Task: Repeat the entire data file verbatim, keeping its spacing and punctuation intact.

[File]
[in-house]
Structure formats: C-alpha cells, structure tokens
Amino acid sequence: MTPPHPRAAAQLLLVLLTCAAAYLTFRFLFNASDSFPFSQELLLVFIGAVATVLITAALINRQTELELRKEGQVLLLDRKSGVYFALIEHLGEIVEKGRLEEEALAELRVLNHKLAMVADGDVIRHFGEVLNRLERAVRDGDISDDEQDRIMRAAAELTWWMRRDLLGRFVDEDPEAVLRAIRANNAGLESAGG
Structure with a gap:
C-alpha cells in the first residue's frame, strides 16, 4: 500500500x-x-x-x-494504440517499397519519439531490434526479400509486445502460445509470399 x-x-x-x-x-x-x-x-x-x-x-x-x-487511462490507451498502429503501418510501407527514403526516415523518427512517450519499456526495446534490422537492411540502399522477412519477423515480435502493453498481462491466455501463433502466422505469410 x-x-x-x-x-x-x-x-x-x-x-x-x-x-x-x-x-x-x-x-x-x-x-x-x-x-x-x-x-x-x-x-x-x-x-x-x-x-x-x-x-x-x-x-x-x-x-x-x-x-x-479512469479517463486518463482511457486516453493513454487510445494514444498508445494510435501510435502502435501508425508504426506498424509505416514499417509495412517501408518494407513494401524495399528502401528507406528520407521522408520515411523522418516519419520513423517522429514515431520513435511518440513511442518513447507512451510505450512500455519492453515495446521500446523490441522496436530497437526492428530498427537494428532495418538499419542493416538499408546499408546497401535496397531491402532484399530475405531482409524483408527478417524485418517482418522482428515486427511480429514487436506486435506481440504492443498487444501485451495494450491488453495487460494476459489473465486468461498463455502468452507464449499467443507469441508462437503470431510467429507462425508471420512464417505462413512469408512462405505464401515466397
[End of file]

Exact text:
[in-house]
Structure formats: C-alpha cells, structure tokens
Amino acid sequence: MTPPHPRAAAQLLLVLLTCAAAYLTFRFLFNASDSFPFSQELLLVFIGAVATVLITAALINRQTELELRKEGQVLLLDRKSGVYFALIEHLGEIVEKGRLEEEALAELRVLNHKLAMVADGDVIRHFGEVLNRLERAVRDGDISDDEQDRIMRAAAELTWWMRRDLLGRFVDEDPEAVLRAIRANNAGLESAGG
Structure with a gap:
C-alpha cells in the first residue's frame, strides 16, 4: 500500500x-x-x-x-494504440517499397519519439531490434526479400509486445502460445509470399 x-x-x-x-x-x-x-x-x-x-x-x-x-487511462490507451498502429503501418510501407527514403526516415523518427512517450519499456526495446534490422537492411540502399522477412519477423515480435502493453498481462491466455501463433502466422505469410 x-x-x-x-x-x-x-x-x-x-x-x-x-x-x-x-x-x-x-x-x-x-x-x-x-x-x-x-x-x-x-x-x-x-x-x-x-x-x-x-x-x-x-x-x-x-x-x-x-x-x-479512469479517463486518463482511457486516453493513454487510445494514444498508445494510435501510435502502435501508425508504426506498424509505416514499417509495412517501408518494407513494401524495399528502401528507406528520407521522408520515411523522418516519419520513423517522429514515431520513435511518440513511442518513447507512451510505450512500455519492453515495446521500446523490441522496436530497437526492428530498427537494428532495418538499419542493416538499408546499408546497401535496397531491402532484399530475405531482409524483408527478417524485418517482418522482428515486427511480429514487436506486435506481440504492443498487444501485451495494450491488453495487460494476459489473465486468461498463455502468452507464449499467443507469441508462437503470431510467429507462425508471420512464417505462413512469408512462405505464401515466397